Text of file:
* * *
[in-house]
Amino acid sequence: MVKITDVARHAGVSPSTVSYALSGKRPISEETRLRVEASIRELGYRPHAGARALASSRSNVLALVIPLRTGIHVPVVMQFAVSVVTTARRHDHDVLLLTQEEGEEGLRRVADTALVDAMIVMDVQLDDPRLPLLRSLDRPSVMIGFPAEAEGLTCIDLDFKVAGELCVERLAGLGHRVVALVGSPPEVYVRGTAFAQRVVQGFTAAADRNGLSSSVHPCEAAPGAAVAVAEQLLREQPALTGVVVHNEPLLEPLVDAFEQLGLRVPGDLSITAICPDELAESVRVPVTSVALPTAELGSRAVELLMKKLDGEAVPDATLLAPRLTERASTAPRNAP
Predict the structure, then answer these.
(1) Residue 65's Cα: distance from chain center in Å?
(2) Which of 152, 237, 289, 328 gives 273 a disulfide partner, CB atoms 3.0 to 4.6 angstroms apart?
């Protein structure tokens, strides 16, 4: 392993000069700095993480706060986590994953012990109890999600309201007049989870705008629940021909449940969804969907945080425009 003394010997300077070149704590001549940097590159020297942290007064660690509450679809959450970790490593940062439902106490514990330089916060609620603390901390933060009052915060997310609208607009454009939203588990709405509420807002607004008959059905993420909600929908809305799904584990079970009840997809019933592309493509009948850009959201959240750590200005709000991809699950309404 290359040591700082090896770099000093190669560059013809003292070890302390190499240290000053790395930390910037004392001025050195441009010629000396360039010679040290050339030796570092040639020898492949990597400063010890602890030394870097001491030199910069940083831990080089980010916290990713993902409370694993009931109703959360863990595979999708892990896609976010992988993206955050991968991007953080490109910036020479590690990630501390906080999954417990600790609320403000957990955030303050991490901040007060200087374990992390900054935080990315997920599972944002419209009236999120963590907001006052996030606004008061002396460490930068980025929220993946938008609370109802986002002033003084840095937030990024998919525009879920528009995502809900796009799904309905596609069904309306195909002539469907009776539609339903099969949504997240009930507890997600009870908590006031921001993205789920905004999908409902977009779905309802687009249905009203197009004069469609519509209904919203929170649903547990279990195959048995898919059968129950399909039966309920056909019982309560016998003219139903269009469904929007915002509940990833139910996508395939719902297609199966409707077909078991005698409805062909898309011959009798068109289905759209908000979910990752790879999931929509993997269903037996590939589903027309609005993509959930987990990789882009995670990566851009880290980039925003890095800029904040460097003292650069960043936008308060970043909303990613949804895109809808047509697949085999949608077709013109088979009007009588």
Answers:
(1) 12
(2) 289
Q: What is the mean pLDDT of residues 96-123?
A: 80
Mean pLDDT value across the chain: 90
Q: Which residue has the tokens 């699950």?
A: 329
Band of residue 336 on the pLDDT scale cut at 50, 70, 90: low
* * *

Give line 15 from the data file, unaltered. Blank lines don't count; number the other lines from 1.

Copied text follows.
Band of residue 336 on the pLDDT scale cut at 50, 70, 90: low